Cubital tunnel syndrome involves compression of the ulnar nerve as it moves at the rear of the elbow.
What are the signs?
If an individual develops cubital tunnel syndrome, the ulnar nerve is crushed in one of the various sites in the rear part of the elbow.
The usual signs of the syndrome include:
- Tingling, pain and numbness in the small and ring fingers.
- Weakening of the hand muscles
- Symptoms can be felt if the elbow is bent for an extended period
An individual with the severe signs of cubital tunnel syndrome might be likely to drop objects or has difficulty with fine movements of the fingers.
A diagnosis of the syndrome is given after an assessment is carried out. An X-ray or other tests might be required if something abnormal is pressing on the nerve.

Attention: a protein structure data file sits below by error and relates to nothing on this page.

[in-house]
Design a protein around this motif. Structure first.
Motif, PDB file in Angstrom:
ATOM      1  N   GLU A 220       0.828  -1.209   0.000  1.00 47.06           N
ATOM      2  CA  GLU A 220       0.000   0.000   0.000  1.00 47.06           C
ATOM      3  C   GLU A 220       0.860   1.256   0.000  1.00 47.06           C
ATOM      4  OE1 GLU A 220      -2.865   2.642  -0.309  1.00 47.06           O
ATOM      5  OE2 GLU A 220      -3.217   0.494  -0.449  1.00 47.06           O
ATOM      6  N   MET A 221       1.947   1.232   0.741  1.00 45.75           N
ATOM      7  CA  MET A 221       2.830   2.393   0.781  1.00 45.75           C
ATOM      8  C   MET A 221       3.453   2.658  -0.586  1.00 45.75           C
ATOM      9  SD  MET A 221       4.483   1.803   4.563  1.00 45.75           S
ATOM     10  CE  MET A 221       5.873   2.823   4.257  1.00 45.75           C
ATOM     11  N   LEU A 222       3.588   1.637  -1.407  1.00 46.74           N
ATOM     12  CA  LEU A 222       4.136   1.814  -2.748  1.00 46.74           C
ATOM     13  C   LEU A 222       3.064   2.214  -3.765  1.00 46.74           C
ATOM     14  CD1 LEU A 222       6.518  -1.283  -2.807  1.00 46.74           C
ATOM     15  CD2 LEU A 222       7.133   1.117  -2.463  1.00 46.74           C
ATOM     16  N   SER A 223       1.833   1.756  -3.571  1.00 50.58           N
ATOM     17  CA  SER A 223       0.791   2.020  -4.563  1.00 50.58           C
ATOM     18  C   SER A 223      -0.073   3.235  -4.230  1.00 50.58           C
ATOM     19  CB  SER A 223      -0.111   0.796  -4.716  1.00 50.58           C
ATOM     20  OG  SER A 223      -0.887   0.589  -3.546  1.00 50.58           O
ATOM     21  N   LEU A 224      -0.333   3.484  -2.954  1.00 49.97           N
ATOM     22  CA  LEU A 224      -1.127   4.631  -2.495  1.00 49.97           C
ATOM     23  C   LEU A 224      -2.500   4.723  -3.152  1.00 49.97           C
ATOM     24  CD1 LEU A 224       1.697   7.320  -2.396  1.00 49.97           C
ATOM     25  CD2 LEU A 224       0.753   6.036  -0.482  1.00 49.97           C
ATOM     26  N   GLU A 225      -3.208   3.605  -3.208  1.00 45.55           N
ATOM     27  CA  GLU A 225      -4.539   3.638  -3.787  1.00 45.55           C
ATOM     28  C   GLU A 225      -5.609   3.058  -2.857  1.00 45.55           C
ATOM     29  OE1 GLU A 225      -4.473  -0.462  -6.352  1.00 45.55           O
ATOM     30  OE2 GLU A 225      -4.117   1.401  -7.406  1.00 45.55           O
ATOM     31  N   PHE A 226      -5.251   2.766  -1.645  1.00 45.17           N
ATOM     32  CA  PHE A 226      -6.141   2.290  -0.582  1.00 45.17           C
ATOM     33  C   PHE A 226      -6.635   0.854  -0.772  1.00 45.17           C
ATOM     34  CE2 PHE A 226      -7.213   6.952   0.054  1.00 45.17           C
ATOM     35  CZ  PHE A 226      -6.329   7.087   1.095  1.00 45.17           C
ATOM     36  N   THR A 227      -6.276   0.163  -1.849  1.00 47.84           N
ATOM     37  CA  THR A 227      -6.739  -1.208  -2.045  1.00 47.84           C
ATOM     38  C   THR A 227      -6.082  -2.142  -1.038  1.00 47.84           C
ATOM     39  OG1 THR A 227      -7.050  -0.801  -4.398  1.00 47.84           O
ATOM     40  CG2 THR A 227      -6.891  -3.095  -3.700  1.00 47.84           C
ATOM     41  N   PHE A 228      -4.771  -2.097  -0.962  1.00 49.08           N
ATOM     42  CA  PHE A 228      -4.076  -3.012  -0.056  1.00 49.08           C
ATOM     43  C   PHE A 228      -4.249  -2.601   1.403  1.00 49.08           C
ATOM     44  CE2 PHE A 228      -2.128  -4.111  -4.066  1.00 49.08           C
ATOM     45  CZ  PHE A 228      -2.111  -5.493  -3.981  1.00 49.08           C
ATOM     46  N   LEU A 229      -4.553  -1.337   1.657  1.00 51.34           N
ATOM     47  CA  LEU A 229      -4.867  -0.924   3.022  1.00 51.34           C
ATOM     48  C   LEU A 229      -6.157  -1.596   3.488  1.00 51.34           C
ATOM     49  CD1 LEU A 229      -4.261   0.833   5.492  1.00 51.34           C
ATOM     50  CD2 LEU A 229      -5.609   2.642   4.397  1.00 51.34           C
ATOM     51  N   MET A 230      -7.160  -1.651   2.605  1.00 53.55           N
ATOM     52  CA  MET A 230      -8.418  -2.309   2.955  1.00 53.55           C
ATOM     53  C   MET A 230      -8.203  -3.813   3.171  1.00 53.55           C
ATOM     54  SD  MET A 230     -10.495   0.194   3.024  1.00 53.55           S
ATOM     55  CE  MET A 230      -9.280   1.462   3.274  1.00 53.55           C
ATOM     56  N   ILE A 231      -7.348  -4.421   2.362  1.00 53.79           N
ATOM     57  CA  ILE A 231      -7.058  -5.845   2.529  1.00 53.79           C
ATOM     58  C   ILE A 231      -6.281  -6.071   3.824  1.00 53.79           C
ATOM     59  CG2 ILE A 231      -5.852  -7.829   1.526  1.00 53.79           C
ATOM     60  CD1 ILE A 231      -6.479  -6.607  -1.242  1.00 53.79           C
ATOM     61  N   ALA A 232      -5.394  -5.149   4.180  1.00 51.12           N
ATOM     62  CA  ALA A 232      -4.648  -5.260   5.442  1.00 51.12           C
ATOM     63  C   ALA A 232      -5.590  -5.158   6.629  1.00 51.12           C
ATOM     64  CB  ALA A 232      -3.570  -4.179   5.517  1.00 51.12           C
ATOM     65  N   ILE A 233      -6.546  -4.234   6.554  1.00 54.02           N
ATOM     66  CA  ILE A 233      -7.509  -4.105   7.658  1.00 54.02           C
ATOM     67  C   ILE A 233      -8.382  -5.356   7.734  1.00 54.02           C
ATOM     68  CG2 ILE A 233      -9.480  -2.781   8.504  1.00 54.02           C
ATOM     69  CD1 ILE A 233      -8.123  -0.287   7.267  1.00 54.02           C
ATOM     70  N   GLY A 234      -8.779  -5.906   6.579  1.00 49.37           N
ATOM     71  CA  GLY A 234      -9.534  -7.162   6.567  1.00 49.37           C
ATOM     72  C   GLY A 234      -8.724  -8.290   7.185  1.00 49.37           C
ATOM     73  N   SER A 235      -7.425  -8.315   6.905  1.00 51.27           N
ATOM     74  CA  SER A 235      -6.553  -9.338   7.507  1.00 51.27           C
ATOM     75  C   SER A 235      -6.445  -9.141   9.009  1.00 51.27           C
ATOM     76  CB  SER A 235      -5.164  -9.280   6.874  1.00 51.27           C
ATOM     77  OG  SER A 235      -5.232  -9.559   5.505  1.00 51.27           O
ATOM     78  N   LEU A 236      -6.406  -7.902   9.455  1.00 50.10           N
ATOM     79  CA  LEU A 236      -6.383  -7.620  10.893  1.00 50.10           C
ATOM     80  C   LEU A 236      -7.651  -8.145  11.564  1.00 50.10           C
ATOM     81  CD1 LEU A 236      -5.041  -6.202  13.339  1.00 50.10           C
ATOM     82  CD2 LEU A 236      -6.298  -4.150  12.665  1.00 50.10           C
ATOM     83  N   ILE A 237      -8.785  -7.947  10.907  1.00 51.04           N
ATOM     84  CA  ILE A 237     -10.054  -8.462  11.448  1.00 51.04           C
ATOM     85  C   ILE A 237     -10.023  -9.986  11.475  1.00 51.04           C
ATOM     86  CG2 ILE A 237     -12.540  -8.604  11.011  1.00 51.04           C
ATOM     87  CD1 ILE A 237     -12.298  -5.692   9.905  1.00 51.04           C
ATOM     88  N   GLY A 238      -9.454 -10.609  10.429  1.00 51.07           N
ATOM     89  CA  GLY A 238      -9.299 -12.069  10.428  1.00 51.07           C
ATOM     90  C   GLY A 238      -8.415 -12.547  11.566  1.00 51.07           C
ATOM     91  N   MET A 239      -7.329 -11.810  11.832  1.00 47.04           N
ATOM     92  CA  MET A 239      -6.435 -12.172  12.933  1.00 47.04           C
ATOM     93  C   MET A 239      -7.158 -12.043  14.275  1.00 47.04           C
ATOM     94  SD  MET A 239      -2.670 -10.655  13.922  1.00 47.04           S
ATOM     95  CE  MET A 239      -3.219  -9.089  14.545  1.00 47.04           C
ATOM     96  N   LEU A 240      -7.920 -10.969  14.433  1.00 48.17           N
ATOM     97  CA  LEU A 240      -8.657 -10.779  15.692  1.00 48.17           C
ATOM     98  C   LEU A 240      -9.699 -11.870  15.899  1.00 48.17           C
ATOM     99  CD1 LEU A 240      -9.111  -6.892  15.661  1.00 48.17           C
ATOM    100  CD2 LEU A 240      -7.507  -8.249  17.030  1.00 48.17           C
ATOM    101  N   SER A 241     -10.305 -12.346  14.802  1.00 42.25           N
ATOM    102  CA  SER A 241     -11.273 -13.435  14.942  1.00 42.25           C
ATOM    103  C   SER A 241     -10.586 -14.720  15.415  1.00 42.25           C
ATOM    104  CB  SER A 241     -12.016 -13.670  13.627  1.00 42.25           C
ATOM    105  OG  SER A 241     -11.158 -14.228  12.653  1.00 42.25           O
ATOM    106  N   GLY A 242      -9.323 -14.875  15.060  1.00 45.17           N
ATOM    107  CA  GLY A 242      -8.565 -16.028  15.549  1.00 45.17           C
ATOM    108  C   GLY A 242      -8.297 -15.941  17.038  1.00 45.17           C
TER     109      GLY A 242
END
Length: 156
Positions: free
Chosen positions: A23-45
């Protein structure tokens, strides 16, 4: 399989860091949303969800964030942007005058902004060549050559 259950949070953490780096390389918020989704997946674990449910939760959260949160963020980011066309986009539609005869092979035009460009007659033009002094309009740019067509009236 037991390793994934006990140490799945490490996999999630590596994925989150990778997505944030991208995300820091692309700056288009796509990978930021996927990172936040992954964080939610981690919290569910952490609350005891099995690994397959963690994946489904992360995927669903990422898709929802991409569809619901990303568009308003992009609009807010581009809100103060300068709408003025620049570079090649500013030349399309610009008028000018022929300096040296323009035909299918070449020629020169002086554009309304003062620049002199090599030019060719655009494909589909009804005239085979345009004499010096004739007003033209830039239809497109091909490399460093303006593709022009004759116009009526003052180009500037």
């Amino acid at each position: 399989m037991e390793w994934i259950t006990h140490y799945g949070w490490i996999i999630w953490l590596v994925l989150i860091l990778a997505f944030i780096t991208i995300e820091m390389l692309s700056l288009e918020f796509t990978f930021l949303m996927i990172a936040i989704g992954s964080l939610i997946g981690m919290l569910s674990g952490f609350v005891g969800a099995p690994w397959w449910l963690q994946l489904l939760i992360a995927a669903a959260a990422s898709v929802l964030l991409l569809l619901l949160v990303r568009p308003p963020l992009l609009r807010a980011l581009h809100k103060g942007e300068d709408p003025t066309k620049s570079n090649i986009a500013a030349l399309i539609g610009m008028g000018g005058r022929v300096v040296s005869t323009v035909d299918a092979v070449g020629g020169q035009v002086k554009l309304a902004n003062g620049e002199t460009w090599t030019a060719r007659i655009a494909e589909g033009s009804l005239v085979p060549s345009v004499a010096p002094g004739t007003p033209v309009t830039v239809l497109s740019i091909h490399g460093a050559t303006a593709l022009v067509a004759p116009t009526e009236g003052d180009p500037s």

Management of cubital tunnel syndrome
The treatment for cubital tunnel syndrome typically starts with simple measures. In most cases, the condition will settle with a few measures such as:
- Placement of an elbow splint especially at night time
- Anti-inflammatory medications
- Avoid leaning on the affected elbow
- Padding of the elbow during work or sports
In case the conservative measures fail, surgical intervention is necessary to relieve the pressure from the ulnar nerve. Since the nerve can be crushed in various locations behind the elbow, it is vital to locate where it is pinched or release the pressure from areas that are affected.